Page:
New Delhi: Thirty-year-old Chitra Shah was devastated when she discovered that her husband was suffering from lung cancer. She found it extremely hard to look after her young child and aged in-laws and take her husband for his post-surgery chemotherapy sessions to a hospital 40 km away. A financial crunch put additional pressure on her.
A new programme which provides cancer care including Intensive Care Unit (ICU) services and chemotherapy at home has however come as a boon for her.
"Though the struggle against cancer is most difficult and devastating, it can be made a little less traumatic and a little more convenient if treatment procedures can be brought home," Gaurav Thukral, Head Medical Services, HealthCare at Home (HCAH), told IANS.
Thukral, who pioneered the concept, left his job as an internal medicine doctor at Fortis to launch the project last year. The HealthCare at Home concept was launched after many of his patients asked him about ways to take care of cancer patients at home.
He said instead of cumbersome visits to hospitals, cancer patients can now take chemotherapy injections at home from trained nurses and medical practitioners.
Those in need of intensive care can get the equipment at home too.
Surprisingly the facility is cost effective too.
While a chemotherapy injection costs anywhere between Rs. 2,000 and Rs.10,000, a home ICU costs Rs.8,000-10,000.
Nurses provided are adept at administering adjuvant drugs. They are also experts at symptomatic management and pain relief management. The nurses are made to undergo specialized training in palliative care, particularly to provide counselling and support to the patients that help boost their morale, resulting in their quicker recovery, said Thukral, whose project is the first of its kind in India.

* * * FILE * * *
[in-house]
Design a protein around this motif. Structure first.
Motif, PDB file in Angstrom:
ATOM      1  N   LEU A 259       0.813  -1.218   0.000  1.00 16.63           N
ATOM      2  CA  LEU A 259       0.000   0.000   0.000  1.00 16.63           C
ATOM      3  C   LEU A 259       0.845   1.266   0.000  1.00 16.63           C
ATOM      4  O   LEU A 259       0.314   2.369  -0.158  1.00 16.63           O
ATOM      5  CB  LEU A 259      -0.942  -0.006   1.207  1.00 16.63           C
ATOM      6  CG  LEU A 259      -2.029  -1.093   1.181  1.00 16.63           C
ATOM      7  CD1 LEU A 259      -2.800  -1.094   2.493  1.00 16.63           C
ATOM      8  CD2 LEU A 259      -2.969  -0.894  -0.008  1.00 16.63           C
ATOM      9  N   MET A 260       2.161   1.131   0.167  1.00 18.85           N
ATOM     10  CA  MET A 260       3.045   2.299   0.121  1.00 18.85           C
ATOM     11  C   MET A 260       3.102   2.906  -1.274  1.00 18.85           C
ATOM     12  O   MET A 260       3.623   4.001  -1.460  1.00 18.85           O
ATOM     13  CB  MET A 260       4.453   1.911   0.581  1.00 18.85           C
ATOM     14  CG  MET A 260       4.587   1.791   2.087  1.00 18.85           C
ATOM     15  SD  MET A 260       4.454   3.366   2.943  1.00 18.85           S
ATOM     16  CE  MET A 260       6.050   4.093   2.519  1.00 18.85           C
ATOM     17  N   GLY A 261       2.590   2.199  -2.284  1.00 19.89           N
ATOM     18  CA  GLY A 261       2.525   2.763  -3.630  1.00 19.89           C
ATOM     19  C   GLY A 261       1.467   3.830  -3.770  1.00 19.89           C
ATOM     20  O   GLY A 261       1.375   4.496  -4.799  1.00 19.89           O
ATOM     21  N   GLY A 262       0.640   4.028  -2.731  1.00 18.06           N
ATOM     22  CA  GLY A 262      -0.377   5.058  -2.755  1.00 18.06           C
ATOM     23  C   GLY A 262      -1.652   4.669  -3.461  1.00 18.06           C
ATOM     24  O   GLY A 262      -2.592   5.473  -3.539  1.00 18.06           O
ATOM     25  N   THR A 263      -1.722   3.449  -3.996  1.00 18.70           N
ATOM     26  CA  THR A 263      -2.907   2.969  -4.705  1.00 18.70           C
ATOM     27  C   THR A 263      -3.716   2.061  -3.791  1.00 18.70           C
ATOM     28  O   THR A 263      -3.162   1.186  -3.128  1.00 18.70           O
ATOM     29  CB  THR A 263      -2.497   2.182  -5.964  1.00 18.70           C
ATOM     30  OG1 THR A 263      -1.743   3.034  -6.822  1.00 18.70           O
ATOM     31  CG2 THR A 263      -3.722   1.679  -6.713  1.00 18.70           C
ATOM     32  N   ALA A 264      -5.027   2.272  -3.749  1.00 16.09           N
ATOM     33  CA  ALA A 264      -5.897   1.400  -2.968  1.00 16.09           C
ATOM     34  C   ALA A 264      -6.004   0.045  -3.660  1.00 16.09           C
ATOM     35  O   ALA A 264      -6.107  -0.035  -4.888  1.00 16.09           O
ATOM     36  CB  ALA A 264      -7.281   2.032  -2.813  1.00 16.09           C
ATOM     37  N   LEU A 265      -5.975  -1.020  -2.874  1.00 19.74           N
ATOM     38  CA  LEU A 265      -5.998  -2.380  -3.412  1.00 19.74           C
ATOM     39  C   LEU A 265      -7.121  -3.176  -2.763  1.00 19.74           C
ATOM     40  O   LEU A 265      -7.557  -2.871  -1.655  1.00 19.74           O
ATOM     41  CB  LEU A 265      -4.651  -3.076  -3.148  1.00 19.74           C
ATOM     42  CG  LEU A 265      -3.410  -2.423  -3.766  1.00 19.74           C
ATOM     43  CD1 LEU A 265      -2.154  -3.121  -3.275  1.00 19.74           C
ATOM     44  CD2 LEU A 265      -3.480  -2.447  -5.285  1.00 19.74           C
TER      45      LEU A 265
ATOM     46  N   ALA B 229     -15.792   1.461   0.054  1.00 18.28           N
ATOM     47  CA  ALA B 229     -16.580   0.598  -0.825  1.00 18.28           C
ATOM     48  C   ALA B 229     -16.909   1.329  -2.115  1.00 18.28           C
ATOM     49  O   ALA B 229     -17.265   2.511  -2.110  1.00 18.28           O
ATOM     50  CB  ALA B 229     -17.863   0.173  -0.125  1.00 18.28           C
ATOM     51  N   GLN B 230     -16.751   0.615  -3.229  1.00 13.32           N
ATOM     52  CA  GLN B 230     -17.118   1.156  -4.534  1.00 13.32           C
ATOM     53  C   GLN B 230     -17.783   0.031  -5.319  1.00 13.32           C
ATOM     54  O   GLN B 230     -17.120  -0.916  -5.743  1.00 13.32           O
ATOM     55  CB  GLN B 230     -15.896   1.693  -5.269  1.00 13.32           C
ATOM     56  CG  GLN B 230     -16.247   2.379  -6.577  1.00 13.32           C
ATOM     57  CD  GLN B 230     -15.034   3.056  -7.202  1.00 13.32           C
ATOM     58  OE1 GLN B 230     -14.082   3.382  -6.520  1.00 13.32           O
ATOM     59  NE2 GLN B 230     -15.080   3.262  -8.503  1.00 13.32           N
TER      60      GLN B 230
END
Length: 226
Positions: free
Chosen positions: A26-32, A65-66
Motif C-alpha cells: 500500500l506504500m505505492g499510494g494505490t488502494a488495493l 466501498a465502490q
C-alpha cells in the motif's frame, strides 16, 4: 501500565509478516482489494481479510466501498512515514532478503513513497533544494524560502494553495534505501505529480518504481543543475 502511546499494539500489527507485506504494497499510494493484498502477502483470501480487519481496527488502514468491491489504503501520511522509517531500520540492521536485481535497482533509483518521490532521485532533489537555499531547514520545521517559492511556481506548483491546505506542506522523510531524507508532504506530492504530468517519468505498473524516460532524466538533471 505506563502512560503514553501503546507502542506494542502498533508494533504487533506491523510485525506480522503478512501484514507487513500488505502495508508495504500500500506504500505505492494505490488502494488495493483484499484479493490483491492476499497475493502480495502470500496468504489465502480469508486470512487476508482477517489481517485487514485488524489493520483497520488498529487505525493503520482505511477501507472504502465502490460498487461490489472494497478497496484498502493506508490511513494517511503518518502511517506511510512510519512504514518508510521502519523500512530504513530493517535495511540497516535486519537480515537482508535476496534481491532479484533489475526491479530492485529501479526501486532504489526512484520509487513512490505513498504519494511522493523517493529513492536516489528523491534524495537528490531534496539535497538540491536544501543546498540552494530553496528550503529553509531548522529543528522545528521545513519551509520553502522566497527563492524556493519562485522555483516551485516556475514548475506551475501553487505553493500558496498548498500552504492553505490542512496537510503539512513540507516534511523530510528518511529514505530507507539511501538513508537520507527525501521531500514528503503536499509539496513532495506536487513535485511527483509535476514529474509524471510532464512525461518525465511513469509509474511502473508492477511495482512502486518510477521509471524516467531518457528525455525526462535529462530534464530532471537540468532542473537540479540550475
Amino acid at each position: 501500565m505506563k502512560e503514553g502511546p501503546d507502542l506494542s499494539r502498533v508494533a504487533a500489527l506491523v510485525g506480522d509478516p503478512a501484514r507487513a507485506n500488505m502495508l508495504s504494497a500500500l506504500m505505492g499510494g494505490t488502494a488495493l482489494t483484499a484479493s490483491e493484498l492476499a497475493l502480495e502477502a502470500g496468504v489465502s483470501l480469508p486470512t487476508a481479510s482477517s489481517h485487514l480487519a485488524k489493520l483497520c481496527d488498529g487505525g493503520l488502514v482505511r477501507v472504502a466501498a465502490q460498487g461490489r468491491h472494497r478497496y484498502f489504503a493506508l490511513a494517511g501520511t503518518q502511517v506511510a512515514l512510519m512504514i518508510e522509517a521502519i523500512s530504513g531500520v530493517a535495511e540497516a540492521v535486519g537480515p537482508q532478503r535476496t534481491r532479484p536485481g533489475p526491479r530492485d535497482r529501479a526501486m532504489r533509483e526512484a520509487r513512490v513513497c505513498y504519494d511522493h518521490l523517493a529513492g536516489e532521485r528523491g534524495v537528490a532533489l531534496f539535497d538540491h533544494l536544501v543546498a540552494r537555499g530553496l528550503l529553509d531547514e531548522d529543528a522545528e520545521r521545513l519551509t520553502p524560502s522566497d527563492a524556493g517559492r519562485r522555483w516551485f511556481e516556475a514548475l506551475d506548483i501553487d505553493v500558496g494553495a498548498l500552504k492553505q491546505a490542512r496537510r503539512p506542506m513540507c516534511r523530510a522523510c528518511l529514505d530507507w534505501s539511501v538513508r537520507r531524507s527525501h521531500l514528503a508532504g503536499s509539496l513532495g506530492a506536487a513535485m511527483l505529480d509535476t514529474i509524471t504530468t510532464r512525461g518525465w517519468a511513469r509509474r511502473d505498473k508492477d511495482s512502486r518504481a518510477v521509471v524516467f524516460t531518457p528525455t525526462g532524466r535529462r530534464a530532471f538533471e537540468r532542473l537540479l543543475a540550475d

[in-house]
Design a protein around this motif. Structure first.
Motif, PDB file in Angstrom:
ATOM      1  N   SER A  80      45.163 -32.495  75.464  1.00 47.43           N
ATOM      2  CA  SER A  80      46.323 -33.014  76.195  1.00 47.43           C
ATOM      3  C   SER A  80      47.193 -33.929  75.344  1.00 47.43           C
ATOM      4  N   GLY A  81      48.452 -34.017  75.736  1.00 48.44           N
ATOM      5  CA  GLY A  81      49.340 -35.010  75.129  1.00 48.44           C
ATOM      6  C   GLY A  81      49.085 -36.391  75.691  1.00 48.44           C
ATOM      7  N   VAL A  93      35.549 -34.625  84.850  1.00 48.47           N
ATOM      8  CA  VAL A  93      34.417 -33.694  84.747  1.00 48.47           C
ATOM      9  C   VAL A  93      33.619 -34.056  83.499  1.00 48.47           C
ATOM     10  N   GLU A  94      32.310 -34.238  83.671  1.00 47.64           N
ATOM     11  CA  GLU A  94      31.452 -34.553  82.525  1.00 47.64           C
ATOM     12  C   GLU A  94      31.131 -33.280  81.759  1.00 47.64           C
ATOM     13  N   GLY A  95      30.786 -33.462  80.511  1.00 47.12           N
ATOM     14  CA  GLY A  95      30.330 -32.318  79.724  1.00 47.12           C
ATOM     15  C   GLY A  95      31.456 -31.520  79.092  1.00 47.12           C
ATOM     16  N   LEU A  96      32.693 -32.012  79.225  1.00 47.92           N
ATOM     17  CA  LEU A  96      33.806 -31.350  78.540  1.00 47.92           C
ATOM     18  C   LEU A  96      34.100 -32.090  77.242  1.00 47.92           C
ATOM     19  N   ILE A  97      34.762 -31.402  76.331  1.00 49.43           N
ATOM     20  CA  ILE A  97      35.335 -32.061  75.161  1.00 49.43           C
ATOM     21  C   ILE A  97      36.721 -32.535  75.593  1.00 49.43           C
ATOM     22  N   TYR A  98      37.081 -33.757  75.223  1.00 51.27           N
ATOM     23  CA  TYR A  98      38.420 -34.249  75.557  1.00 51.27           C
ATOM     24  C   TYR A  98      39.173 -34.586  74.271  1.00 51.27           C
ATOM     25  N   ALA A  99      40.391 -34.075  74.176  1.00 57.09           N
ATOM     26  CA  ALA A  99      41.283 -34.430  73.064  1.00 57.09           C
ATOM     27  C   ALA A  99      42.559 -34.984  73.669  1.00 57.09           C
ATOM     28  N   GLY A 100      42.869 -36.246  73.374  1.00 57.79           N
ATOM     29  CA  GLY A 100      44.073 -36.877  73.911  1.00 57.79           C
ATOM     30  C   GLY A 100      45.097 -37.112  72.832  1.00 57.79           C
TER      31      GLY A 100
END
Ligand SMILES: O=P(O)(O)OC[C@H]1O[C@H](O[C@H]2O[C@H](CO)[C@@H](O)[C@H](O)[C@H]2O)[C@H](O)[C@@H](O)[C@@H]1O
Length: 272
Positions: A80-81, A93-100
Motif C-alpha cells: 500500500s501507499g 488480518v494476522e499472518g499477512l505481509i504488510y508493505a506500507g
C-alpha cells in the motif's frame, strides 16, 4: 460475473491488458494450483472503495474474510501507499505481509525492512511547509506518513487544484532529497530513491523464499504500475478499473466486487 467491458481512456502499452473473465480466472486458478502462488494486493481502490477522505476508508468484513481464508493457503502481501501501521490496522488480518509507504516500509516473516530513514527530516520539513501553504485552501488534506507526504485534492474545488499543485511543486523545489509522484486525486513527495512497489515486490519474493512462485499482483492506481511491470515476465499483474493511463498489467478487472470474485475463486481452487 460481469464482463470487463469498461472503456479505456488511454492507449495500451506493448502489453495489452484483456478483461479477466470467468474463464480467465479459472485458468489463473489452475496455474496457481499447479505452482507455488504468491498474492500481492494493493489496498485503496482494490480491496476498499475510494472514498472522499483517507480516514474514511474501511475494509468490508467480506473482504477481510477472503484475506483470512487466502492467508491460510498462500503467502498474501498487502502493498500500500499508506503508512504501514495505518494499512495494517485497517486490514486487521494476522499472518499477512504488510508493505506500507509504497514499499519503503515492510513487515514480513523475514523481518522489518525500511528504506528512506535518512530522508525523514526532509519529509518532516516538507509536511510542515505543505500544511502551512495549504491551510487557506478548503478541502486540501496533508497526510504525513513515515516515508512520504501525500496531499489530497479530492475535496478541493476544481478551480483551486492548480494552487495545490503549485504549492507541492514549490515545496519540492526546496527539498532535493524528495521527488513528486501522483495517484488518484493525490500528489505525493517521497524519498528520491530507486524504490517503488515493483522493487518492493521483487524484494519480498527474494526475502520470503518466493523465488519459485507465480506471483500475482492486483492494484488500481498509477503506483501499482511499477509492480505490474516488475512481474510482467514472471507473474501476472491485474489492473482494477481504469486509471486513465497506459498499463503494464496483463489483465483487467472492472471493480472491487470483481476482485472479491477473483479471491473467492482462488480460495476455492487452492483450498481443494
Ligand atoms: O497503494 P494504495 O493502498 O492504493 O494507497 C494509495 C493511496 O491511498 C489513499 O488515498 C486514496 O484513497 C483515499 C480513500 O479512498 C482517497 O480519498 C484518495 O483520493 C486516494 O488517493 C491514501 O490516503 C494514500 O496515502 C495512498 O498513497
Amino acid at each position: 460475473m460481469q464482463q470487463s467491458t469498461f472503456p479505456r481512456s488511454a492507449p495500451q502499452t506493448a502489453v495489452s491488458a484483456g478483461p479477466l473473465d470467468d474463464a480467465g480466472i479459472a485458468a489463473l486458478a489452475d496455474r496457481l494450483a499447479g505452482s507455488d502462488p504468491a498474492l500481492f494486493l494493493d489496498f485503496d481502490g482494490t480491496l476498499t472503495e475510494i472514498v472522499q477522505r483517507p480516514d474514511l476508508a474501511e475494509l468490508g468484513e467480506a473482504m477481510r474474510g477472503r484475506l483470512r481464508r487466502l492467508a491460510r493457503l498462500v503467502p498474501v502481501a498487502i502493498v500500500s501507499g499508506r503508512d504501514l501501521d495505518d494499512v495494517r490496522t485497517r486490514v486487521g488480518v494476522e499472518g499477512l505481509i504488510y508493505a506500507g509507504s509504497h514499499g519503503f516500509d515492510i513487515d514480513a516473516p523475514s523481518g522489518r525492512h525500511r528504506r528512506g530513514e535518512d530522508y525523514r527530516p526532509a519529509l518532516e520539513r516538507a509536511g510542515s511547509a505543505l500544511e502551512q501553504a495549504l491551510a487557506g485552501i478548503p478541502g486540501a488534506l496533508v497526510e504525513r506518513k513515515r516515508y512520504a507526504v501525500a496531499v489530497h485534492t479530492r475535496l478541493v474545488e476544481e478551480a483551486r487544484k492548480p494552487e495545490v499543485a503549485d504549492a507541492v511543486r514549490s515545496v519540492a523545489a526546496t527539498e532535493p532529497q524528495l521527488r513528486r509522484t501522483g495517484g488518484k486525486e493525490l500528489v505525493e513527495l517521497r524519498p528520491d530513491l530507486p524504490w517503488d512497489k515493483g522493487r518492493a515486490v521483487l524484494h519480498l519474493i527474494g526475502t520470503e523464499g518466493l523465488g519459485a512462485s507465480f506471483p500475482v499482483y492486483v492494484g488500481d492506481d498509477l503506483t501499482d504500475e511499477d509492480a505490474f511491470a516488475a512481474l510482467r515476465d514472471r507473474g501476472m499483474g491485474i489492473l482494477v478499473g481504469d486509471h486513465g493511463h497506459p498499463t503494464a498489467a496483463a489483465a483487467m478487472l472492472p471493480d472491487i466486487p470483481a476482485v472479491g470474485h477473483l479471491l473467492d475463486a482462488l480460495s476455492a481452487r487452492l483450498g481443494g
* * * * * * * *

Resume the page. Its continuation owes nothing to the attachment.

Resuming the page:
He provides services to patients in Delhi and the National Capital Region (NCR).
"There are several reasons for which people prefer home care to hospital care for cancer patients. One of the many is peace of mind. Just the feeling of being home is comforting and expedites the patients' recovery, as being around the family and friends boost their morale," Thukral told IANS.
India has more than three million cancer patients.
Longer stay at hospitals lead to huge medical bills, thereby putting enormous pressure on family members. Compared to hospital stay, home care is cost effective as it cuts the indirect expenditures, he said.
Preeti Jain, consultant/oncology surgeon, Columbia Asia Hospital, Gurgaon, said: "It is true that the work-life balance of the family members goes for a toss if a person is diagnosed with cancer.
"Imagine a patient waiting in day care to get only a chemo injection done. If advisable by treating doctor, chemo injection can be given at home by trained oncology nurses, which will ultimately save the hassle of patients and their families," Jain told IANS.
However, putting in a note of caution, Deepak Rautray, senior consultant surgical oncologist, International Oncology Cancer Centre, Fortis hospital, Noida, said chemotherapy injections should be administered very carefully.
"A single wrong dose can cause havoc with normal cells. Thus only a trained professional with a lot of experience should administer the same".